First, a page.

kbw3141592 (kbw3141592) wrote in iismevets_2006,
kbw3141592
kbw3141592
iismevets_2006

today's terrorism attempt from London airport

After reading the news about the thwarted attack, terrible tragic memories of 9/11 came to mind. I didn't know anybody personally that was affected by the attacks, but of course I knew people whose families were affected.

I'm so glad that this attempt was foiled because this was supposedly going to be bigger than the attacks from five years ago.

I'll try to keep this posting brief and refrain from talking about the somber feeling I'm sure we've all shared from 9/11. Ironically, I was planning on watching the movie
"World Trade Center" this weekend. Now, I definitely will.

When I travelled to New York three years ago, my girlfriend visited Ground Zero and paid homage to those who were victimized. As a fellow American and fellow human being, I recommend you to visit the former site of the Twin Towers someday. There are many mixed feelings when you approach the site... from sadness to awe to hope. At first, I had a hard time believing the media hype of "the 9/11 attack made us Americans stronger." But after visiting Ground Zero and seeing the physical and mental reconstruction, I'm now a believer.

I'm sure we all remember the initial shock from 9/11. We were all on our way to our classrooms getting ready to teach another day. My principal told my staff to go about our normal business without mentioning any of the attack to our students (of course, many of them were already informed). Did you guys make any special accomodations to your teaching on that day?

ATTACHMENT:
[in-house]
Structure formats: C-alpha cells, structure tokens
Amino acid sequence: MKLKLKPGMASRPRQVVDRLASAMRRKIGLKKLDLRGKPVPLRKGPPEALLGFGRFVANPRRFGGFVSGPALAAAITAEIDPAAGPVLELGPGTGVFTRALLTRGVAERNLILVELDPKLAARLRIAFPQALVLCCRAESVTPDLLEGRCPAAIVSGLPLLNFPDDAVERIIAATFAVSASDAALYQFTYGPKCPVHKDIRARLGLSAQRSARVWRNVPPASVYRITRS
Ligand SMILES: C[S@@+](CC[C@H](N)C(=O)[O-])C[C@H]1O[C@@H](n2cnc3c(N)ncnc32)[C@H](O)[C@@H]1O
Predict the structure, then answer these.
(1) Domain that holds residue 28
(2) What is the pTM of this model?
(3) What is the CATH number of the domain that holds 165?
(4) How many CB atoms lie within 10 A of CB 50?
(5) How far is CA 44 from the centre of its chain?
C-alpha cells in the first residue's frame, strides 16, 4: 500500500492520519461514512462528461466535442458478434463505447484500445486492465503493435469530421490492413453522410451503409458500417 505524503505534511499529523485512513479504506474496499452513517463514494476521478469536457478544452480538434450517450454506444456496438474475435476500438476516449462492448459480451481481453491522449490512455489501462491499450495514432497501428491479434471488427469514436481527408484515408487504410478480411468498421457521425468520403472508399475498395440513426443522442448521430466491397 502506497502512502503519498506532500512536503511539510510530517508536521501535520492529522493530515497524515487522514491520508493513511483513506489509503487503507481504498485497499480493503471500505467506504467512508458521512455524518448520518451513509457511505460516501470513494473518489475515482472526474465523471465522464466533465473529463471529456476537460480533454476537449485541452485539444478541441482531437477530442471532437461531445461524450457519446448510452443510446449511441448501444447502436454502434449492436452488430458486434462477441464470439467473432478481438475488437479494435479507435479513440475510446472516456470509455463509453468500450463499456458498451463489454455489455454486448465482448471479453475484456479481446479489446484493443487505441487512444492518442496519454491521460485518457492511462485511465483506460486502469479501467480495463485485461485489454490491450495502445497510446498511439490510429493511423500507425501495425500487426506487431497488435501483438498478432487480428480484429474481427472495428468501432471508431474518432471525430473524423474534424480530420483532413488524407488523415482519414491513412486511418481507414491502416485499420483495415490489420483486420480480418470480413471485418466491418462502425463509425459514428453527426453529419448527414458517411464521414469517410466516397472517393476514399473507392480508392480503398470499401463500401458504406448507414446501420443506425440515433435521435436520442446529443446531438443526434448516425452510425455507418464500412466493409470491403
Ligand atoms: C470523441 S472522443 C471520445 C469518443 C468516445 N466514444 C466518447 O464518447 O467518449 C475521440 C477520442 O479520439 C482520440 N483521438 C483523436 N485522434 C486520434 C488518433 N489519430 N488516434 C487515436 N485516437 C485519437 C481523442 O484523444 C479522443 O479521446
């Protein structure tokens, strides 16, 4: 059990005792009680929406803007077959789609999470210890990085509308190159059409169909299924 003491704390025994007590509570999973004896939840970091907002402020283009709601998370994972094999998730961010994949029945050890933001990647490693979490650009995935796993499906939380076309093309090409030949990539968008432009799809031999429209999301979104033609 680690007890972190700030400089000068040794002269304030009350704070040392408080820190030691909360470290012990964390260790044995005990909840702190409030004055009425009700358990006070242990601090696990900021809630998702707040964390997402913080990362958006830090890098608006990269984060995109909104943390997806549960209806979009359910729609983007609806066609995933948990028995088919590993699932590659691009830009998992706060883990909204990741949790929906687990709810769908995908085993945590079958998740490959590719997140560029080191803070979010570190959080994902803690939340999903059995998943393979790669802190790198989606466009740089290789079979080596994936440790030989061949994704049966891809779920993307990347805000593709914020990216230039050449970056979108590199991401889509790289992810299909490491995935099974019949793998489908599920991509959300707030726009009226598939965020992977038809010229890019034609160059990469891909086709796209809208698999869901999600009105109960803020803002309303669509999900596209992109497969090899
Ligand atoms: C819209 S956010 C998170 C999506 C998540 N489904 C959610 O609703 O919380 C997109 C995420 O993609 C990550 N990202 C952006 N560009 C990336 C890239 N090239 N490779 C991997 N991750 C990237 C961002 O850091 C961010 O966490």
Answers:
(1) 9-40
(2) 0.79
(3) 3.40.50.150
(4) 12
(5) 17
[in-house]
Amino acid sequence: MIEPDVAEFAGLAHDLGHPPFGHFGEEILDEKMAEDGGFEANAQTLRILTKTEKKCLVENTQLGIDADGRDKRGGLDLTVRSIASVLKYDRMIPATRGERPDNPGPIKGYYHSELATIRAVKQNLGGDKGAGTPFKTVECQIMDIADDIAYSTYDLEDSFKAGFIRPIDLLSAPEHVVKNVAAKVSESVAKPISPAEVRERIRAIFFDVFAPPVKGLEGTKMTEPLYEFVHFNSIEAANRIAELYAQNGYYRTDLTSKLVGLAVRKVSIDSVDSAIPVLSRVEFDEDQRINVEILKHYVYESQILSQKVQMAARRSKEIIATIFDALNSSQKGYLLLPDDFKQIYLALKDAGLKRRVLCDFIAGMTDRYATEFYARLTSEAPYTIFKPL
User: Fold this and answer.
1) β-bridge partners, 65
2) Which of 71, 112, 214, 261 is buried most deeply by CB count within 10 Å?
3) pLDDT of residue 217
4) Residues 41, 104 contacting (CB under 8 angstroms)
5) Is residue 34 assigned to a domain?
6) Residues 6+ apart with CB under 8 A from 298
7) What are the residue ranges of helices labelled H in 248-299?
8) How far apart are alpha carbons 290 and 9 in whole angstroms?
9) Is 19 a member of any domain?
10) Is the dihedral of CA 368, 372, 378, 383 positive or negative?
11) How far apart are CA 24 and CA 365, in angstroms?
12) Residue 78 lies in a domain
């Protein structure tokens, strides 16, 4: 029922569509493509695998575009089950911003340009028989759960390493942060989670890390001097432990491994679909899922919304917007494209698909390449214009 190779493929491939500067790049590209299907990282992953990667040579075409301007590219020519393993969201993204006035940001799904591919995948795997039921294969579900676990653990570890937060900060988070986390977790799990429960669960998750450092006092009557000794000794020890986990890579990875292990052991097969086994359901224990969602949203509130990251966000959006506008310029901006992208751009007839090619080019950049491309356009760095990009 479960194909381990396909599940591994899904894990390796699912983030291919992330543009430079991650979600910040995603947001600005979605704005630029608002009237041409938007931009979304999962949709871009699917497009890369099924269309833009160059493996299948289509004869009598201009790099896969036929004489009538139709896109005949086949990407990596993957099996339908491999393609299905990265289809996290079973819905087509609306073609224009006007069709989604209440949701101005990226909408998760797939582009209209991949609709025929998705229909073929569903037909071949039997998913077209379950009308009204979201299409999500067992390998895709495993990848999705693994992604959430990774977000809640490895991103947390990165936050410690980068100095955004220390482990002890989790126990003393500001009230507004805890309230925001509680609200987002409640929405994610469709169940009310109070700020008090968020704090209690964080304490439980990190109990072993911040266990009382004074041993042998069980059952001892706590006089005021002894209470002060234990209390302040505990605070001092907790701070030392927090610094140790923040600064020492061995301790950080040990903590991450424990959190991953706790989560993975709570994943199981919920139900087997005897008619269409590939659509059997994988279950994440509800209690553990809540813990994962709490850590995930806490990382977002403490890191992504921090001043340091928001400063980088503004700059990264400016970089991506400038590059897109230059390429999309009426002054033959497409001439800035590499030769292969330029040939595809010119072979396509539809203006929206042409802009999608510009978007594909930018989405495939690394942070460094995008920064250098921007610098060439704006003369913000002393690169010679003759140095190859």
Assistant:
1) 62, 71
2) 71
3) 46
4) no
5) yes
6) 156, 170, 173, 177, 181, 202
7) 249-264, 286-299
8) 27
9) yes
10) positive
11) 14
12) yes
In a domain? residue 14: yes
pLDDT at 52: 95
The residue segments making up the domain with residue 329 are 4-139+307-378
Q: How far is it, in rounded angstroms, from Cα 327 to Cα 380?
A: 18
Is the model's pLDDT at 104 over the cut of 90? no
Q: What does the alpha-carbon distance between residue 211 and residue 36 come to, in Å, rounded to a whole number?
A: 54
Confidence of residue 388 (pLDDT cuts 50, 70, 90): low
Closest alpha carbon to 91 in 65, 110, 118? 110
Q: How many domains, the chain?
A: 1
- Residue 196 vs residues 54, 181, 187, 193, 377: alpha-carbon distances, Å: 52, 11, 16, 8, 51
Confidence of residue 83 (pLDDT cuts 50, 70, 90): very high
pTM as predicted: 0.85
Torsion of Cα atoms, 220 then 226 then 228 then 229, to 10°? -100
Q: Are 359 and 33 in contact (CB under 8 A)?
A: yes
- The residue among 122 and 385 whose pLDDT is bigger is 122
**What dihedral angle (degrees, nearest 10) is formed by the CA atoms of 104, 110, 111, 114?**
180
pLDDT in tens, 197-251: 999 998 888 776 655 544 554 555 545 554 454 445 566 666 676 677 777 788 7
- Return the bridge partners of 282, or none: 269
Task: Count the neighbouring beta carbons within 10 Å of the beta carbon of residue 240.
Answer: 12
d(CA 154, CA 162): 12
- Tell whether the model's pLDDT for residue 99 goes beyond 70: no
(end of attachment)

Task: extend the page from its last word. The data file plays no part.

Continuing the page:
For those of you travelling (Molatte, especially) in the near future, please be careful.


- Ken
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Our administration squandered a moment in History -the president could have asked for anything and the nation would have risen to the challenge as we did after Pearl Harbor - Like Japanese Emperor Hirhito said after the attack "I fear we have awakened a sleeping giant." He could have asked for massive research and development of security and detection technology or alternative fuel technolgy to end our oil addiciton to the Saudi's (remember that they are our friend while most of the hijackers were from that country) and other Middle East countries. Like FDR did with GM,and other industrial giants in building tanks for the war... Instead we were told to go about our business and "be vigilant." Then we invaded Iraq on false pretenses or worse actually beleived these pretenses instead of lying aobut them.
Instead this divisive patriotic thing has taken over - yer a supporter of your troops = good person vs you question the logic of invading Iraq or question the inept execution of that invasion = bad person. Or worse yet understand that 9/11 and Iraq had no connection - they were opposed to each other in a secular vs radical Islam disagreement.